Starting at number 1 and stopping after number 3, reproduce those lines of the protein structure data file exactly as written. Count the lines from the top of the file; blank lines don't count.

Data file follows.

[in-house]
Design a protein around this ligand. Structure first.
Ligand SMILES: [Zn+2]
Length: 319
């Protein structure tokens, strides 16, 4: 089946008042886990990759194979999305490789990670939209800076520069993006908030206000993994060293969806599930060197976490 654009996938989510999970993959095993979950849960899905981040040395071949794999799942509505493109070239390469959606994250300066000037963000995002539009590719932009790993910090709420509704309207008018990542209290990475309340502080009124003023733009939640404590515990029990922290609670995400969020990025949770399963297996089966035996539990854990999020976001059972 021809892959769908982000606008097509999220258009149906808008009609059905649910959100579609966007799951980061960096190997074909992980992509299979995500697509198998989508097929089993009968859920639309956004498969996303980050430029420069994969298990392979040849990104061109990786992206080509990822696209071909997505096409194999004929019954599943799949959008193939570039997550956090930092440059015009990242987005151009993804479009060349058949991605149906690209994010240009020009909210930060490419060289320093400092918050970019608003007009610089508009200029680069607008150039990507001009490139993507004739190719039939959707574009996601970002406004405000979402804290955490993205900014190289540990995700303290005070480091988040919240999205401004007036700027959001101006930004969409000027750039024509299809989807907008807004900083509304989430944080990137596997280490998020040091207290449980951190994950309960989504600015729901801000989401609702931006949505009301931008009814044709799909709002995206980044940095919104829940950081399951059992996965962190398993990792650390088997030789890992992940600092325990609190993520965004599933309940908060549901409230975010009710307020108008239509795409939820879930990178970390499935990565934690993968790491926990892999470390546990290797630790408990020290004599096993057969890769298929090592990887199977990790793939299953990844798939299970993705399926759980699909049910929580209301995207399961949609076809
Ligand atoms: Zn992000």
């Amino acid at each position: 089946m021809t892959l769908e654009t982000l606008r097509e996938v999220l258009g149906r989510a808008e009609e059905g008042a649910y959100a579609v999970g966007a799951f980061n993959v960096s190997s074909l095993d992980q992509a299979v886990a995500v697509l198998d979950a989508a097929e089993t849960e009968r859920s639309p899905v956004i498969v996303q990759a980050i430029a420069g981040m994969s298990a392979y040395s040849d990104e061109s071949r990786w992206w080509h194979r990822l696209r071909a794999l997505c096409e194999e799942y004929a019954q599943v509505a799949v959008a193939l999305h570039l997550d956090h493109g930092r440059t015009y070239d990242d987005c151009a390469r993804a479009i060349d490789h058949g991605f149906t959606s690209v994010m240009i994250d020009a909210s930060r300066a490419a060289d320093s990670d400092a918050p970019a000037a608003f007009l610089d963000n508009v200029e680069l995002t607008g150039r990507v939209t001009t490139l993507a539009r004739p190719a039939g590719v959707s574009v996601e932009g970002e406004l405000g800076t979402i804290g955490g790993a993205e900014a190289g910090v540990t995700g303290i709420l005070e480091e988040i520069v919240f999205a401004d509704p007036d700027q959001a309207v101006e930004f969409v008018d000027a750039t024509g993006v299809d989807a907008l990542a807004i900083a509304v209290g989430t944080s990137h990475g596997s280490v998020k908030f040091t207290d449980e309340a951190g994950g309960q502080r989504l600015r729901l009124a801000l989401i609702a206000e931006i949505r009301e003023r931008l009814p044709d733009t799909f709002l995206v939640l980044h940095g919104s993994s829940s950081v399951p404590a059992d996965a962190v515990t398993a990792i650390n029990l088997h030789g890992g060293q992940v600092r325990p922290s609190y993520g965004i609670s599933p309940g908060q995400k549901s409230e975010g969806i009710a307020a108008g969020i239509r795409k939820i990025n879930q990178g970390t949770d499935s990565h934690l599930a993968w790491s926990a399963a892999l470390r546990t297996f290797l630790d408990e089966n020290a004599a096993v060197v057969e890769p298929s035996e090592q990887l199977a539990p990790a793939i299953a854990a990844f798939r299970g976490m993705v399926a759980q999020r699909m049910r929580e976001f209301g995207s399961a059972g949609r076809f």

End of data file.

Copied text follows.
[in-house]
Design a protein around this ligand. Structure first.
Ligand SMILES: [Zn+2]